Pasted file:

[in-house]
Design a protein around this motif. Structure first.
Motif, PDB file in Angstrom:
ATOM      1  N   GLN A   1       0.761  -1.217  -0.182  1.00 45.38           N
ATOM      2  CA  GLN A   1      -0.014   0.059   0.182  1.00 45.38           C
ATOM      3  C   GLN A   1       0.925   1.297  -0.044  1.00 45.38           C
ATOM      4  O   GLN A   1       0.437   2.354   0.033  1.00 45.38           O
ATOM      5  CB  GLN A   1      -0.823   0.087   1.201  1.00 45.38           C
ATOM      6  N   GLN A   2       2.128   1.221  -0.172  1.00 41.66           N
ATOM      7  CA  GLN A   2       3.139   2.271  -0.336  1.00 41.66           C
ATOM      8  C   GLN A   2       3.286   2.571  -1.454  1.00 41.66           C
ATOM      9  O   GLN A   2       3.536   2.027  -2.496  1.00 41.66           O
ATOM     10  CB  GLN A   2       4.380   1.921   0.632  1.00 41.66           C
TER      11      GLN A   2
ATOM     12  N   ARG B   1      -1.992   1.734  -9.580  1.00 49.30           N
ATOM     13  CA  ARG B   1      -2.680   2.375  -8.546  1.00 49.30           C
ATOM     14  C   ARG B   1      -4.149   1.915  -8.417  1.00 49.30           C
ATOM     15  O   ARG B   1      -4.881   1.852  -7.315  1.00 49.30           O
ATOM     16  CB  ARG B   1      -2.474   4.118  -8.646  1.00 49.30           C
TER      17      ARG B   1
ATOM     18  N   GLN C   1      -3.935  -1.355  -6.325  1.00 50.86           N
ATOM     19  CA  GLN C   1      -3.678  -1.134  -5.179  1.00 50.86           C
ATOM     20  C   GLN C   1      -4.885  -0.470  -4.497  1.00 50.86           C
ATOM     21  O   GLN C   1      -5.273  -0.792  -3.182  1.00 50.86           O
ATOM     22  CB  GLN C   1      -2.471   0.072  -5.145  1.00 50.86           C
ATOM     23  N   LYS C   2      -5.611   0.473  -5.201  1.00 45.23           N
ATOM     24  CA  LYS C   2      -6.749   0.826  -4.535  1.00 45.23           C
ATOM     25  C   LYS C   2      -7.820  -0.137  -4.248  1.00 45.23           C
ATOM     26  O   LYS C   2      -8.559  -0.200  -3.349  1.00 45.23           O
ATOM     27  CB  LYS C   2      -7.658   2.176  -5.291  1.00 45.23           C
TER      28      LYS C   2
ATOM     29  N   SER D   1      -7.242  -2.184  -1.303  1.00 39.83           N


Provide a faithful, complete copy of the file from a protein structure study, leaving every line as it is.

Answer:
[in-house]
Design a protein around this motif. Structure first.
Motif, PDB file in Angstrom:
ATOM      1  N   GLN A   1       0.761  -1.217  -0.182  1.00 45.38           N
ATOM      2  CA  GLN A   1      -0.014   0.059   0.182  1.00 45.38           C
ATOM      3  C   GLN A   1       0.925   1.297  -0.044  1.00 45.38           C
ATOM      4  O   GLN A   1       0.437   2.354   0.033  1.00 45.38           O
ATOM      5  CB  GLN A   1      -0.823   0.087   1.201  1.00 45.38           C
ATOM      6  N   GLN A   2       2.128   1.221  -0.172  1.00 41.66           N
ATOM      7  CA  GLN A   2       3.139   2.271  -0.336  1.00 41.66           C
ATOM      8  C   GLN A   2       3.286   2.571  -1.454  1.00 41.66           C
ATOM      9  O   GLN A   2       3.536   2.027  -2.496  1.00 41.66           O
ATOM     10  CB  GLN A   2       4.380   1.921   0.632  1.00 41.66           C
TER      11      GLN A   2
ATOM     12  N   ARG B   1      -1.992   1.734  -9.580  1.00 49.30           N
ATOM     13  CA  ARG B   1      -2.680   2.375  -8.546  1.00 49.30           C
ATOM     14  C   ARG B   1      -4.149   1.915  -8.417  1.00 49.30           C
ATOM     15  O   ARG B   1      -4.881   1.852  -7.315  1.00 49.30           O
ATOM     16  CB  ARG B   1      -2.474   4.118  -8.646  1.00 49.30           C
TER      17      ARG B   1
ATOM     18  N   GLN C   1      -3.935  -1.355  -6.325  1.00 50.86           N
ATOM     19  CA  GLN C   1      -3.678  -1.134  -5.179  1.00 50.86           C
ATOM     20  C   GLN C   1      -4.885  -0.470  -4.497  1.00 50.86           C
ATOM     21  O   GLN C   1      -5.273  -0.792  -3.182  1.00 50.86           O
ATOM     22  CB  GLN C   1      -2.471   0.072  -5.145  1.00 50.86           C
ATOM     23  N   LYS C   2      -5.611   0.473  -5.201  1.00 45.23           N
ATOM     24  CA  LYS C   2      -6.749   0.826  -4.535  1.00 45.23           C
ATOM     25  C   LYS C   2      -7.820  -0.137  -4.248  1.00 45.23           C
ATOM     26  O   LYS C   2      -8.559  -0.200  -3.349  1.00 45.23           O
ATOM     27  CB  LYS C   2      -7.658   2.176  -5.291  1.00 45.23           C
TER      28      LYS C   2
ATOM     29  N   SER D   1      -7.242  -2.184  -1.303  1.00 39.83           N